May/June 2017 – Vol. 29 No. 7

Diversifying Science Classroom Practice – Engaging with the ‘Youtube Generation’

Posted: Monday, October 1st, 2012

by Brendan O’Brien 

What is www.60secondscience.net?

60SecondScience is a fully online International Video Competition sponsored by the Department of Education (DEECD-Innovation Next Practice Division), Victoria, Australia. Since its first iteration in 2008, it has enjoyed continual growth and appeal, from 30 Victorian school-only participants, to well over 300 science videos uploaded in 2012, with over 1100 registering from 40 countries. The competition is Free to Enter and links directly to required student outcomes over a number of Science, Citizenship and ICT Learning Standards. $10,000 in cash prizes is distributed each year, as determined by a prestigious International panel of judges. There are Divisions which cater for students of different ages.

Why is www.60secondscience.net used in Science Classrooms?

Teachers can engage the interests and skills of students in a way that increases the depth of their science knowledge as they hone their multimedia skills.  Many of today’s students are an entrenched part of  the ‘youtube generation’ and are more than comfortable with being producers of content, whereas other generations were comfortable as mere consumers of content. Many students are ‘over’ powerpoint reports by the time they get to secondary and High School settings, and are happy to shoot video on their smart-phones, flipcams, videocameras or webcams. The competition is easily adapted to be used not as an add-on, but as a contingent element within the existing science curriculum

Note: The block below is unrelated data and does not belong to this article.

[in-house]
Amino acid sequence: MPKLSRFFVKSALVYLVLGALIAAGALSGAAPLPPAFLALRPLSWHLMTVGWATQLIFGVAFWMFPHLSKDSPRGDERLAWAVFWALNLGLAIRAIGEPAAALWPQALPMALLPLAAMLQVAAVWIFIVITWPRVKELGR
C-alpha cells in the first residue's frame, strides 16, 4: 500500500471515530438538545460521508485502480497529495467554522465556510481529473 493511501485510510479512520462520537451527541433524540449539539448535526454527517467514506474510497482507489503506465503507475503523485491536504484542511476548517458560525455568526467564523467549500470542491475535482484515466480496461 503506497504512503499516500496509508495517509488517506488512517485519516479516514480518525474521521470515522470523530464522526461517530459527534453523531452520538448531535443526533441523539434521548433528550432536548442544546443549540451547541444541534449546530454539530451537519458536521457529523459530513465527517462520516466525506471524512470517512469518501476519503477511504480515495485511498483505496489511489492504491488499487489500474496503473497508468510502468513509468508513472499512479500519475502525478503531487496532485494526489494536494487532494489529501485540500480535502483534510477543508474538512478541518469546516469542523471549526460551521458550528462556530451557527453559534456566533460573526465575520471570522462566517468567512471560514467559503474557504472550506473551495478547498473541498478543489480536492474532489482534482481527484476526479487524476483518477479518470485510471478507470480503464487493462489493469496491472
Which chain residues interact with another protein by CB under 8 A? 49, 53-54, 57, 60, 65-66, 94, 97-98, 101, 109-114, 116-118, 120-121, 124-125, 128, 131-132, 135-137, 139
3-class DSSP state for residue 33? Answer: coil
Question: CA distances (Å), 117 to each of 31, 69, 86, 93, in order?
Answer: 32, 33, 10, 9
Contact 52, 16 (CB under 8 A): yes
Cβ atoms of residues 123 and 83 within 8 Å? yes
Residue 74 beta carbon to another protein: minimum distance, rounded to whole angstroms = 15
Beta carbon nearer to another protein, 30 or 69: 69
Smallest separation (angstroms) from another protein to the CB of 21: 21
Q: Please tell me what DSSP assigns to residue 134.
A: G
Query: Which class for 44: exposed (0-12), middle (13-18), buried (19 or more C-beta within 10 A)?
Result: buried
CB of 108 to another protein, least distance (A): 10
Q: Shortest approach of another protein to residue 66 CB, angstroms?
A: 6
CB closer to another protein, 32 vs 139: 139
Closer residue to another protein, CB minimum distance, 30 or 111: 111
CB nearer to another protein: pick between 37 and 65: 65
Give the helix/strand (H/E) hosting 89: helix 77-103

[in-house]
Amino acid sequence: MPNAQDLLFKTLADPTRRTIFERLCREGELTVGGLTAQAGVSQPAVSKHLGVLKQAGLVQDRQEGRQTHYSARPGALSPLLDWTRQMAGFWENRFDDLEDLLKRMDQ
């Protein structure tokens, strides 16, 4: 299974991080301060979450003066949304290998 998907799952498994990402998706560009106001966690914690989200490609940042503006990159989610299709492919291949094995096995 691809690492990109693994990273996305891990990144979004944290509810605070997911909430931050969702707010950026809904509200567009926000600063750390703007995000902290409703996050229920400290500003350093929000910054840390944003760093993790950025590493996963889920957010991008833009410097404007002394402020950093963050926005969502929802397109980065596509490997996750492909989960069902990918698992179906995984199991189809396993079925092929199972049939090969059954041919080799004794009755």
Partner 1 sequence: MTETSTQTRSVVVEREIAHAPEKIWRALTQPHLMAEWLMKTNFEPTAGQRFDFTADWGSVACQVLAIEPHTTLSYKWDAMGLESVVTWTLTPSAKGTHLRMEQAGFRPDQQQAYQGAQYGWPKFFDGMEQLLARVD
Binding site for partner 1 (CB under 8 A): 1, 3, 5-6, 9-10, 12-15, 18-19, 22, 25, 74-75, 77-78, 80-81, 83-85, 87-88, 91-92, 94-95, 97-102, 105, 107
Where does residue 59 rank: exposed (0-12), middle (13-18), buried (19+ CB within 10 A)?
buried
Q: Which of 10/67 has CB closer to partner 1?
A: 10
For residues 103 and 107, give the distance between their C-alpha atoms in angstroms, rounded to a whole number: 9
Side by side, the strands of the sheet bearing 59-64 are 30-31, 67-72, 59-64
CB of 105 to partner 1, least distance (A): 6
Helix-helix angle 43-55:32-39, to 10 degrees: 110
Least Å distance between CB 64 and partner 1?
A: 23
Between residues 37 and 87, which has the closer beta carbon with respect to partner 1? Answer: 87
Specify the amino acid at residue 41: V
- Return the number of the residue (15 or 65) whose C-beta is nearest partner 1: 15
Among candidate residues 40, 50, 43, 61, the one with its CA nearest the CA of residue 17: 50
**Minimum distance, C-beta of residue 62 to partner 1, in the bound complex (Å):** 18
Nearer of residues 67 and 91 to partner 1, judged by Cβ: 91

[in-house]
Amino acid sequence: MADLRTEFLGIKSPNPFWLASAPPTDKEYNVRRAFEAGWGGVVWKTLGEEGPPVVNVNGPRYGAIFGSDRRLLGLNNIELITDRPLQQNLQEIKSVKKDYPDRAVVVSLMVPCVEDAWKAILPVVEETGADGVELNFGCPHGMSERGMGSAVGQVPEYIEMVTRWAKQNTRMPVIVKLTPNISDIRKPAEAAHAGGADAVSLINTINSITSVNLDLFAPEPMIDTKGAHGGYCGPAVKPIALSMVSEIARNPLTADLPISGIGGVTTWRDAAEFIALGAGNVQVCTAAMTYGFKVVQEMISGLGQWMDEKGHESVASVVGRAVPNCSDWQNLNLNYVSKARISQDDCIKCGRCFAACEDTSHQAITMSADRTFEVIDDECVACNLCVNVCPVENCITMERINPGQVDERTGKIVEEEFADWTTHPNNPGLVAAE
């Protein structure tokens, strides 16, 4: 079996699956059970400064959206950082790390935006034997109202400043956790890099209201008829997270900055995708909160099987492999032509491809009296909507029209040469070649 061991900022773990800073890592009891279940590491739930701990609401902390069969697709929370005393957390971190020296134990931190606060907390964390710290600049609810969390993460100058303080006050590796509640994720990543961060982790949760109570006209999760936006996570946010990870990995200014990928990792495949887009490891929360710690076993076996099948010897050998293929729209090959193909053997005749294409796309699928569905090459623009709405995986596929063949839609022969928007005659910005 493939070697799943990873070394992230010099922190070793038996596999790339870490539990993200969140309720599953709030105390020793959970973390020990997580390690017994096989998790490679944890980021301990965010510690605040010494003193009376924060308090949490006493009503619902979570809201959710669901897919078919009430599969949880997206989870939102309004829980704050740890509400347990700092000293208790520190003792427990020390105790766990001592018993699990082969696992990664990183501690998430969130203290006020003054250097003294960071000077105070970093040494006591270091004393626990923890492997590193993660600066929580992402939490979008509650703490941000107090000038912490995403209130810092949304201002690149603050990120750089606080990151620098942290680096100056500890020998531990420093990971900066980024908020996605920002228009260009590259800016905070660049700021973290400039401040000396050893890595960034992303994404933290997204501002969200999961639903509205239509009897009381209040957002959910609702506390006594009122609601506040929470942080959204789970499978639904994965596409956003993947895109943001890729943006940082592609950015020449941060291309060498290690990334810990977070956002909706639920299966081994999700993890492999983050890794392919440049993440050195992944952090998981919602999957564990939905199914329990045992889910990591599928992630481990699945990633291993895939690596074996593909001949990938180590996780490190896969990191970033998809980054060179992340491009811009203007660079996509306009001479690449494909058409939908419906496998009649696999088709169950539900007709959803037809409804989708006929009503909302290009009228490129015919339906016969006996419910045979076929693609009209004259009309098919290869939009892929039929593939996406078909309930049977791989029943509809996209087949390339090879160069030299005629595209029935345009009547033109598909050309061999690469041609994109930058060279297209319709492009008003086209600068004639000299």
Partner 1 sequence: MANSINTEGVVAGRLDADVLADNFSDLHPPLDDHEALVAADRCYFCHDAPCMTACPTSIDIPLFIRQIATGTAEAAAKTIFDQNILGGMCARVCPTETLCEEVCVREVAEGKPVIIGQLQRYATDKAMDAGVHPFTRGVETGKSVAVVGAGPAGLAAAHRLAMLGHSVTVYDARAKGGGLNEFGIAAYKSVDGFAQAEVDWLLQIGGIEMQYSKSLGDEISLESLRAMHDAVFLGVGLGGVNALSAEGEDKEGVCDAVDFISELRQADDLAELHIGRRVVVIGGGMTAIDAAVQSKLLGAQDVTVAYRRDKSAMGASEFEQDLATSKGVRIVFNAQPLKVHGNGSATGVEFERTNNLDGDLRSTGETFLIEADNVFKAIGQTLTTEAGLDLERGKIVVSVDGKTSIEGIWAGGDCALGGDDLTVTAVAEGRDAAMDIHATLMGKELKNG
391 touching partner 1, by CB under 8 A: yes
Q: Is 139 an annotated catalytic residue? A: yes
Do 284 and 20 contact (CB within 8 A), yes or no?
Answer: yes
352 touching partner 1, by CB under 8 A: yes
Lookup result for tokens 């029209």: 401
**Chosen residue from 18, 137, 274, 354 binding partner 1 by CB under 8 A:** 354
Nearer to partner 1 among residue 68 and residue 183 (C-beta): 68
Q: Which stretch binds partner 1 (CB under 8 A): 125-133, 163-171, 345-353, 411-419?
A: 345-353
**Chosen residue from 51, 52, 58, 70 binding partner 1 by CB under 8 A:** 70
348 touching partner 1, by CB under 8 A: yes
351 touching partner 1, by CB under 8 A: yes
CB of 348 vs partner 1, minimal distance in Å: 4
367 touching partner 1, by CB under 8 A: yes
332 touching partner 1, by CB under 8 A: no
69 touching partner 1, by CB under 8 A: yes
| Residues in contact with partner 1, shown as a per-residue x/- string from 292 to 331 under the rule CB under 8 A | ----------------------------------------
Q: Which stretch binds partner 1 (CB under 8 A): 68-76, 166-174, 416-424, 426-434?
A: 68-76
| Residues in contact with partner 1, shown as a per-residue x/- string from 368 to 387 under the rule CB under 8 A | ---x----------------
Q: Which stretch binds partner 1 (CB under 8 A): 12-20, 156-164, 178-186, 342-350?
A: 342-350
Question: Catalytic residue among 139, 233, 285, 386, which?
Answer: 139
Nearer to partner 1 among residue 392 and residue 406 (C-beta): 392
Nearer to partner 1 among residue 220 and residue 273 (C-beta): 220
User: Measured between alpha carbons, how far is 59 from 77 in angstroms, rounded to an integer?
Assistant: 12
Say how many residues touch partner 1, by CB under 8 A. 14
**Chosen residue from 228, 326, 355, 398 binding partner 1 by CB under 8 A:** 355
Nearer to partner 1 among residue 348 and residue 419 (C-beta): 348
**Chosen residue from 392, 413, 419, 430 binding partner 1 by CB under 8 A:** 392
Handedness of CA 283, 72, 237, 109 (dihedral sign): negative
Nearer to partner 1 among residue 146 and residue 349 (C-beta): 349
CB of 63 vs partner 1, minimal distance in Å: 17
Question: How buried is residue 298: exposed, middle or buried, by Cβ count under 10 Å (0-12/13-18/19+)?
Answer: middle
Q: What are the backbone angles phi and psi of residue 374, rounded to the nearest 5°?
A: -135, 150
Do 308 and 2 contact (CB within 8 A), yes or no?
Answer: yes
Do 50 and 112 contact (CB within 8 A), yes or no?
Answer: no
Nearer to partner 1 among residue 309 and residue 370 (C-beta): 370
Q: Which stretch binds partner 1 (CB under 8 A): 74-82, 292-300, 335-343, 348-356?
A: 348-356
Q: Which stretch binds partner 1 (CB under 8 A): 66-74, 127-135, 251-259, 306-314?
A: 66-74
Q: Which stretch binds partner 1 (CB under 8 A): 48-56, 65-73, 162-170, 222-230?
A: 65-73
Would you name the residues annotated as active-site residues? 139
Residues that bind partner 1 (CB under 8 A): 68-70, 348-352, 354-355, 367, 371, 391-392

How is www.60secondscience.net used in Secondary/High School Science Classrooms?

  1. Teachers give students the option of making a 60second video to demonstrate their understanding of a topic or unit of work they are studying/researching in any area of the senior science curriculum. Eg Chemistry-physics: Sublimation, Doppler Effect, Newton’s Laws, Occipital Lobe, Projectile Motion, Chemical BondingHot air balloon physics

Making a short explanatory video is often done as an alternative to producing a written report, poster or Powerpoint.

  1. Teachers give the student teams the option to make a ‘prac report video’ instead of the standard ‘written’ prac report. Eg. Photosynthesis, The Law of Reflection, Heart-rate, Thermal expansion, Displacement Reactions.

In both cases, students are required to research deeply and collaborate closely to refine their understandings and condense their knowledge to convey their key concepts and ideas into the 60second format.

 

How is www.60secondscience.net used in Primary/Elementary Science Classrooms?

Students work with their teacher on a particular science topic or integrated study unit, and produce a video over a number of weeks as part of their weekly routine. This can be used as a science teaching strategy at any grade level.
eg. Grade 3/4: The Mpemba Effect, Grade 5/6 Lemon Battery, Grade 1 Temperature, Grade 6 Plant Osmosis

How does www.60secondscience.net support Multicultural Classrooms?

The LOTE Divisions encourage entrants to use Languages Other Than English. Eg Cantonese, IndonesianItalian, Chinese, French, Cantonese, Malayalam,

Divisions:

International primary / elementary school division – $400/$100
International secondary / high school division $400/$100
International Open – $400/$100 professional/amateur film-makers, teachers.
International LOTE –$250 with English sub-titles, spoken in a Language Other Than English.
Best Cinematography – $250 for videos in any Division
Best Animation – $250 for videos in any Division
Worst Cola-Candy-Mint-Lolly video – All Cola-Candy-Mint-Lolly videos are AUTOMATICALLY registered in this Division) and the ‘Winner’ gets a Certificate + offer of free online video production and science workshop for teachers and students

The competition website has had well over 700,000 video downloads

2013 Deadline:
register by 5 August 2013, Upload videos by 5 August 2013 

Contact:

Brendan O’Brien
Science, eLearning | DEECD, Hume Region, Victoria, Australia |0438 420 027
Convenor: www.60secondscience.net